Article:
Then comes Sulla, though his rival Marius had no qualms with violence and the legally dubious, it was Sulla who backed into a corner by Marius that raised the stakes, marching an army on Rome, not once but twice, showing for the first time the full scope of what Marius’s reforms allowed an ambitious (or otherwise finished) general to do. The precedent was set, the era of civil wars had begun. Sulla’s army on his first march on Rome demonstrated that a mob whipped up by a radical tribune was no match for a professional army, after his second seizure of Rome he initiated a reign of terror, robbed the tribune’s of the plebs of virtually all their authority and demonstrated that it was from generals and their armies not Tribune’s and their rabble rousing that the greatest threat to the aristocracy, the senate and its power came from.
Between the death of Sulla and the 1st consulship of Pompey and Crassus there was much agitation and pressure to restore the powers of the tribune’s of the plebs, slowly a few powers were given back until Pompey and Crassus two generals who had camped their respective armies just outside Rome before the consular elections, something which doubtless played a large role in getting them elected gained great popularity by restoring all the rights of the Tribune’s of the plebs as they stood pre-Sulla.
I think its important to note who and under what circumstances the powers of the tribunes were both taken away and returned in full on both occasions a powerful general/generals who had risen to his/their position/s by the use or the threat of force was responsible, the Imperator giveth and taketh away. I can not think of a better example of the shift in power, the fate of Sulpicius had shown that even if a tribune gained control of Rome through violence, enemies and opportunists could use the opportunity to march an army on Rome, one wonders whether a Saturninus or Sulpicius would ever have dared go as far as they did in post-Sullan Rome, Sulla had shown the tribunes (and those who would oppose them) the limits of their power, however the years following Sulla up to and including Pompey and Crassus’s first consulship revealed another truth to the many senators opposed to the restoration of the tribune’s powers, that being that the tribunate still had its place and those that aimed to return its powers would receive great accolades and influence and those that opposed it, mounting pressure and popular hostility.
Thus I suspect that the notable decline in the tribune assassination rate has something to do with both the tribunes and those senators opposed to populist tribunes coming to realise just how far they could effectively push each other with any degree of success, radical tribunes had a habit of being killed and attempts by them to run roughshod over all opposition by force risked military intervention on the one hand, on the other hand however the attempt to turn the tribunate into a lame duck had been both dangerous and an abject failure. Furthermore as mentioned above many of the most prominent tribunes of the post Sulla period achieved their prominence acting as the agents of powerful generals, threatening much less actually killing a Pompey or a Caesar’s representative could leave them feeling the need to recourse to more direct methods (like crossing a certain small stream in North Italy…..) to get what they want or merely to ensure their own safety (If someone offs your supposedly sacrosanct political representative with impunity in broad daylight thats rather easy to take as a personal threat), the threats directed at the tribune’s Antony and Cassius, though no doubt also aimed at disposing of a nuisance were primarily in effect a (in my opinion) a declaration of war against Julius Caesar.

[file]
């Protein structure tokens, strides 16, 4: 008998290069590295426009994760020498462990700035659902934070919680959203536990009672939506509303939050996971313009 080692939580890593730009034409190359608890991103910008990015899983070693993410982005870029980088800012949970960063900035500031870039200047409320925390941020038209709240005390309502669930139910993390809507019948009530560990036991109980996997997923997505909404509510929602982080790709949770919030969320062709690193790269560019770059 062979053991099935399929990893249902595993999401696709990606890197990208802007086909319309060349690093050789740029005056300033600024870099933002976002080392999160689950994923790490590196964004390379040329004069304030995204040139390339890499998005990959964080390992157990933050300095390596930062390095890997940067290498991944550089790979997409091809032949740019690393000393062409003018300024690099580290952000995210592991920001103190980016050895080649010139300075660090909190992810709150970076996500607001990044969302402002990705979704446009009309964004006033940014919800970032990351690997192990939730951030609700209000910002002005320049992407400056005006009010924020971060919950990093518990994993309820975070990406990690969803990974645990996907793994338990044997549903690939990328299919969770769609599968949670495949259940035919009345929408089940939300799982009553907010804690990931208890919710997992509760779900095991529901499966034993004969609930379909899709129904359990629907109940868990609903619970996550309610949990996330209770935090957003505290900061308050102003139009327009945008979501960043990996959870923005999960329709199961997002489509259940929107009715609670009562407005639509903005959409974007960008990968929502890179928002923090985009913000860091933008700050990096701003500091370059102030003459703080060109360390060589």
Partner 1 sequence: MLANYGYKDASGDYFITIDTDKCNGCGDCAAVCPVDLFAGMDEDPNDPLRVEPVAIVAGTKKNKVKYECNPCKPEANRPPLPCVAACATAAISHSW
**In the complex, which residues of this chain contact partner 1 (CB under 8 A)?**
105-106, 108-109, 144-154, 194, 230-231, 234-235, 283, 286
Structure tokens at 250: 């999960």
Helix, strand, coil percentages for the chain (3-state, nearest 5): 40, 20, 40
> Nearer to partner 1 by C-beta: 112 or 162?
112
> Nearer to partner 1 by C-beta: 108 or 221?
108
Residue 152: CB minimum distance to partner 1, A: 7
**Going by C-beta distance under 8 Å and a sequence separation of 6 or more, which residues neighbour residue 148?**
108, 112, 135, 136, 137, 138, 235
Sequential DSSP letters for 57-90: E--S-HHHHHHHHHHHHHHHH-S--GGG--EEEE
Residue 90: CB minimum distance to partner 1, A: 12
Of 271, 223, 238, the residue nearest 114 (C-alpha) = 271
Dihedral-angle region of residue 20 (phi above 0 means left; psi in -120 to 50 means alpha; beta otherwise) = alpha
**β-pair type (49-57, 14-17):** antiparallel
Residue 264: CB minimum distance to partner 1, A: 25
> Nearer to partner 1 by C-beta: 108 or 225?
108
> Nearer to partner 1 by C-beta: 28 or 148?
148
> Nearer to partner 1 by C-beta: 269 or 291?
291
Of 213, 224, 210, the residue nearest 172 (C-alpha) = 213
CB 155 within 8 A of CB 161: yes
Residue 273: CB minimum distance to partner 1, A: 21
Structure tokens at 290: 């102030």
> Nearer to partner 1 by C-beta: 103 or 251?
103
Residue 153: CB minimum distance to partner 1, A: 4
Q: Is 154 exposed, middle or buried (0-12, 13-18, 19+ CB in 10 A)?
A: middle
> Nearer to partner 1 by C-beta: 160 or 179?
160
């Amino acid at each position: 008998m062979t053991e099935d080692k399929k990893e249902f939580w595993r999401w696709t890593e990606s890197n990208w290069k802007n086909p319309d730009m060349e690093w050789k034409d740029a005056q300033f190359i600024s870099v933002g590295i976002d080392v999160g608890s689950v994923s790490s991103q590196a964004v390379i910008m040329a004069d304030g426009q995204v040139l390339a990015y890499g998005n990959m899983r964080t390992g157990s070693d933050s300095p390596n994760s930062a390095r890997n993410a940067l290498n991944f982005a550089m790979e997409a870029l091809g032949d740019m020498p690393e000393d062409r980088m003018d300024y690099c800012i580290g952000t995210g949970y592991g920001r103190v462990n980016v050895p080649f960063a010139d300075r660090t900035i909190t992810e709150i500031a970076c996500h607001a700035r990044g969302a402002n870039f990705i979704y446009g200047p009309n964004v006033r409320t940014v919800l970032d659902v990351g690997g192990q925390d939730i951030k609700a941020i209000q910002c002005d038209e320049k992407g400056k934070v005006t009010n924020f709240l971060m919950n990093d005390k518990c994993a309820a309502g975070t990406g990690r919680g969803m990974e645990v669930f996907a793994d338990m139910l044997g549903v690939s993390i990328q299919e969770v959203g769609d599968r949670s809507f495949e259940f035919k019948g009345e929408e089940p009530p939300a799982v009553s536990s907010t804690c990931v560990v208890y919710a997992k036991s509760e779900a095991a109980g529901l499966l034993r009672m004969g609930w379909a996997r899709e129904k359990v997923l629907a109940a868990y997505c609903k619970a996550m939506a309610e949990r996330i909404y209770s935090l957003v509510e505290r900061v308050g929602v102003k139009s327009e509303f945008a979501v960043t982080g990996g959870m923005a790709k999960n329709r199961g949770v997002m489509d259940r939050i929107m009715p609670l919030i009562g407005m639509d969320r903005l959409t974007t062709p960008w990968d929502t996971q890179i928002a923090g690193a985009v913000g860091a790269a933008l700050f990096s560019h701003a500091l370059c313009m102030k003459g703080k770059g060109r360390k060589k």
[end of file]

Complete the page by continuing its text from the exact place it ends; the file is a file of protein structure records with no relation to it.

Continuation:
None of this is to say that violence disappeared or that Tribune’s of the Plebs were never important or powerful post Sulla.
In conclusion if a primary cause (secondary cause mentioned at beginning of preceding paragraph) must be given for the marked reduction in the assassination of Tribune’s it was the rise of generals whose soldiers were loyal to them above the senate this created an atmosphere in which it was increasingly inviable (or rather more obviously so) for a radical tribune to control the Republic by controlling Rome and simultaneously it was often both less beneficial and more dangerous for a Tribune’s opponents to resort to Assassination.
With Sulla Rome moved into a new hunting season: senators and Equites.